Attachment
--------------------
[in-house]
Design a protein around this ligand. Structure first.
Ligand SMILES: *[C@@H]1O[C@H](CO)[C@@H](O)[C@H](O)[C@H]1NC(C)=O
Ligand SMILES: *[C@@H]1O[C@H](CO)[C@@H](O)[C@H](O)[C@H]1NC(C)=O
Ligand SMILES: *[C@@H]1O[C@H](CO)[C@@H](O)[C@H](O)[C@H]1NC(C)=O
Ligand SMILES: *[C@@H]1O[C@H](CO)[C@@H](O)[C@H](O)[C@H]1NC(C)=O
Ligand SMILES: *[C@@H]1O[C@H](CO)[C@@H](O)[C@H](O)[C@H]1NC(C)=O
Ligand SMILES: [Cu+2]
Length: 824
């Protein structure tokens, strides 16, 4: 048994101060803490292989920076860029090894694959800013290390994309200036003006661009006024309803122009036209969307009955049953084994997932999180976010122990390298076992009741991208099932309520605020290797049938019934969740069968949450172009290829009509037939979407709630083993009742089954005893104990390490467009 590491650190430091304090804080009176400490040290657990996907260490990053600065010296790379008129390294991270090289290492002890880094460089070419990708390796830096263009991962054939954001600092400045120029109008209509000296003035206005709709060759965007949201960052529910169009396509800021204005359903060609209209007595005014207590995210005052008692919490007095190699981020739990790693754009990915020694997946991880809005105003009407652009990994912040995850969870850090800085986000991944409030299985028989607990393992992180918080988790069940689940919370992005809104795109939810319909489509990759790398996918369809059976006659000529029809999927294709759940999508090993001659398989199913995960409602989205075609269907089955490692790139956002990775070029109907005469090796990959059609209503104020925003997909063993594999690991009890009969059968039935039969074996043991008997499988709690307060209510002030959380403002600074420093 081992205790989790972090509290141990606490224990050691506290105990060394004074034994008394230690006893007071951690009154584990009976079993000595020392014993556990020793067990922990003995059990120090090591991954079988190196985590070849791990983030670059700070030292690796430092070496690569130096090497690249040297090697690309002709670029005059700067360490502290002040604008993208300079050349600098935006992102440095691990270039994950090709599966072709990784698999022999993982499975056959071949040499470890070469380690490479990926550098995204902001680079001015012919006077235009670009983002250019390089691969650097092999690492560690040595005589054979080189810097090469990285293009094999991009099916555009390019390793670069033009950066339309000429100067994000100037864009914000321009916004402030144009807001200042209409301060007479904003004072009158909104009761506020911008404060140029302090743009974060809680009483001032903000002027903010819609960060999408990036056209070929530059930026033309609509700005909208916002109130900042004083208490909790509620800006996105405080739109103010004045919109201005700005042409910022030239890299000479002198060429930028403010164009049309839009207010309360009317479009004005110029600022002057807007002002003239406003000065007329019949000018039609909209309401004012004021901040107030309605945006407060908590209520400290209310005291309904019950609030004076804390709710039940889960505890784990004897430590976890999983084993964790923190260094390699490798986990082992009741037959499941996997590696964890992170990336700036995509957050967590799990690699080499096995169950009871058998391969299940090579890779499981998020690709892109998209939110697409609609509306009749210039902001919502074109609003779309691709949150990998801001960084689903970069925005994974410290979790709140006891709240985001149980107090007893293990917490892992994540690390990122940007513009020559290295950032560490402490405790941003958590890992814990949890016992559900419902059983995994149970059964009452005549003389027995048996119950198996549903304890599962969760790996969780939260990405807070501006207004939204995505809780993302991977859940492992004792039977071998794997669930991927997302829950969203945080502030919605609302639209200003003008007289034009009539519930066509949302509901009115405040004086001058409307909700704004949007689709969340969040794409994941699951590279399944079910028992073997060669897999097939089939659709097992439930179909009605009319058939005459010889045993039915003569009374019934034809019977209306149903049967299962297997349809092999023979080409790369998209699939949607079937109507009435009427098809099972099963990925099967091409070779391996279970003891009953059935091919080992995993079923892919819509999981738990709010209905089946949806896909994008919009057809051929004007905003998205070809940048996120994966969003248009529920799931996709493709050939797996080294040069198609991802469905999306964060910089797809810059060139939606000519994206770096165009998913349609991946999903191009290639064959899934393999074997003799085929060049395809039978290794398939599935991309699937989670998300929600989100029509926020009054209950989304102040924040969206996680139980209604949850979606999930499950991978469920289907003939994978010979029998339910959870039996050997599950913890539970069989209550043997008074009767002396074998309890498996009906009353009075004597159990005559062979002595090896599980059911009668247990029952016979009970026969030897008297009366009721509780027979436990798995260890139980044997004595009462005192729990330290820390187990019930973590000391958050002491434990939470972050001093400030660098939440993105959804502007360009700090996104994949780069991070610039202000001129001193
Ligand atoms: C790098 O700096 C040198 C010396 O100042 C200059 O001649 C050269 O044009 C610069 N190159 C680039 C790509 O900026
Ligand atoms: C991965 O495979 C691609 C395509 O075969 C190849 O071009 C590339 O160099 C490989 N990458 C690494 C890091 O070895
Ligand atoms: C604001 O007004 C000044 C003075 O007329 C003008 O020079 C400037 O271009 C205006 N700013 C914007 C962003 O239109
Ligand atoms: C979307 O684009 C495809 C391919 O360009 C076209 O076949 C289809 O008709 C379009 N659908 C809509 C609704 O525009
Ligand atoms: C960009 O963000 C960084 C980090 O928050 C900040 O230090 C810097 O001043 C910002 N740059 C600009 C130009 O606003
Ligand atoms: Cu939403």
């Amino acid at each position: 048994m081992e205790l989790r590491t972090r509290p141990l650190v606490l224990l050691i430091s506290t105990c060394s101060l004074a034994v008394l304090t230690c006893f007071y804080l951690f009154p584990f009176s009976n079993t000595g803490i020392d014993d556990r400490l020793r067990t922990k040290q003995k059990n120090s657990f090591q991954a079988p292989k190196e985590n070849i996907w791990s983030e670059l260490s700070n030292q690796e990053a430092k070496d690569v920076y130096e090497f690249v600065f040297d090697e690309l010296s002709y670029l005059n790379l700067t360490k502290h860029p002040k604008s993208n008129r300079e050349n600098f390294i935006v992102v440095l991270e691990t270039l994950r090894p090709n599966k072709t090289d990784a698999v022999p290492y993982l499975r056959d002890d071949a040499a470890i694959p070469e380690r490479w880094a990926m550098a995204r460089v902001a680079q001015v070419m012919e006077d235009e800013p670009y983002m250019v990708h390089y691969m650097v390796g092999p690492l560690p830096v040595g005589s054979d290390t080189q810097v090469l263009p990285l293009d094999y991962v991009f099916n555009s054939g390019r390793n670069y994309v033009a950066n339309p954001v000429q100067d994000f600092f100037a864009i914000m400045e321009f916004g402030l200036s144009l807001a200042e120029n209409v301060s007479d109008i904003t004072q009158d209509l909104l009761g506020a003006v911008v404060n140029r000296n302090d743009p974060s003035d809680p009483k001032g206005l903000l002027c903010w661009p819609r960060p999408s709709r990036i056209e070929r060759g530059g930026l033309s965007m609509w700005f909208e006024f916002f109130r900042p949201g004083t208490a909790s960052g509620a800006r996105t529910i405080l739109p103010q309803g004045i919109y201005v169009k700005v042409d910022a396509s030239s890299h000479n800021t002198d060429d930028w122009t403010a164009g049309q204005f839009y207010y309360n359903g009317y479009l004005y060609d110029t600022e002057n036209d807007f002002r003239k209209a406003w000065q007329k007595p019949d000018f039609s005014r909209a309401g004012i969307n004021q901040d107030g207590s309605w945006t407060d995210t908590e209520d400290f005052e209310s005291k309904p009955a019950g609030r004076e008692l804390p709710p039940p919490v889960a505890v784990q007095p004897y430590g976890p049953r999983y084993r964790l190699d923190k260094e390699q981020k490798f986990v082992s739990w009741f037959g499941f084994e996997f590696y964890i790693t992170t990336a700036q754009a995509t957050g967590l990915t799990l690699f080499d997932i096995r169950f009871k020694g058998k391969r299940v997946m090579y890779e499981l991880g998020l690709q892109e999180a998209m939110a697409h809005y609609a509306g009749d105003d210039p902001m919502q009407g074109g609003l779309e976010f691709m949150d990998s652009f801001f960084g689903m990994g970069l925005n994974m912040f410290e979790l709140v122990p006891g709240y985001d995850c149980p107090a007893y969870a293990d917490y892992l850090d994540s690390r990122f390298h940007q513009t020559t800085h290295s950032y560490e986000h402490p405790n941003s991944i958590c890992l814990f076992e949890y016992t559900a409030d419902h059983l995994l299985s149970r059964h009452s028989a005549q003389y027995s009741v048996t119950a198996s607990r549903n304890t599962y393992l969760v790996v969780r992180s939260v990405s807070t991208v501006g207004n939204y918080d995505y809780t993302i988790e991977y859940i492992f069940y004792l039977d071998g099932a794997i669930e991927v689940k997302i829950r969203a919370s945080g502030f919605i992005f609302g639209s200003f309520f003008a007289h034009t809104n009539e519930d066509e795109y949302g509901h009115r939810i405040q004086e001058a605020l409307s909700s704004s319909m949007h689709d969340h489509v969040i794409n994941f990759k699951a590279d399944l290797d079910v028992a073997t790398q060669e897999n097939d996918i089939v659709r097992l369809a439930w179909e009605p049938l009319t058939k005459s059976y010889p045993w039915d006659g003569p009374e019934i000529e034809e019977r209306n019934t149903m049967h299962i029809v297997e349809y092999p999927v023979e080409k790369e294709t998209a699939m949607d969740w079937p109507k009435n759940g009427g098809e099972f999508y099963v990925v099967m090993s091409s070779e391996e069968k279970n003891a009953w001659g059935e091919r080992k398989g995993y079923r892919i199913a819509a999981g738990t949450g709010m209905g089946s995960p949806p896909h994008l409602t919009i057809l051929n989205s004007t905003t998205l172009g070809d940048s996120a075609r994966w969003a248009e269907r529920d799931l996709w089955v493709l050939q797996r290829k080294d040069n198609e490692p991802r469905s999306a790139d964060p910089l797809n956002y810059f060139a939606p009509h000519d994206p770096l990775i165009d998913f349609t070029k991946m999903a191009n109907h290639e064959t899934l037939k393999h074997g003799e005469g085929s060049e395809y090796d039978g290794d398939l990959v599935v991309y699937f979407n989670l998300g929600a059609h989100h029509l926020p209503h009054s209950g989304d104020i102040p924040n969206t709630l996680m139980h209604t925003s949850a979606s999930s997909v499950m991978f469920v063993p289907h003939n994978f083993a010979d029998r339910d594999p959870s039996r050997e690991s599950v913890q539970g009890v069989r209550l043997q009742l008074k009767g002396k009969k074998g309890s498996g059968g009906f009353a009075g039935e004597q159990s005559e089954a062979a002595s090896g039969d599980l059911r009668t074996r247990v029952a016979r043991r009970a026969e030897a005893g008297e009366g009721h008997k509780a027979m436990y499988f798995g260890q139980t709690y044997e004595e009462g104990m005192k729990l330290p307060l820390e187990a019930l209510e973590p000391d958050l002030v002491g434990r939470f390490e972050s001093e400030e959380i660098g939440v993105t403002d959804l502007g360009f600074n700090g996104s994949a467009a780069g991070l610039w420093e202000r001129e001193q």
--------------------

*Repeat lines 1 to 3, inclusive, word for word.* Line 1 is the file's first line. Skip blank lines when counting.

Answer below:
[in-house]
Design a protein around this ligand. Structure first.
Ligand SMILES: *[C@@H]1O[C@H](CO)[C@@H](O)[C@H](O)[C@H]1NC(C)=O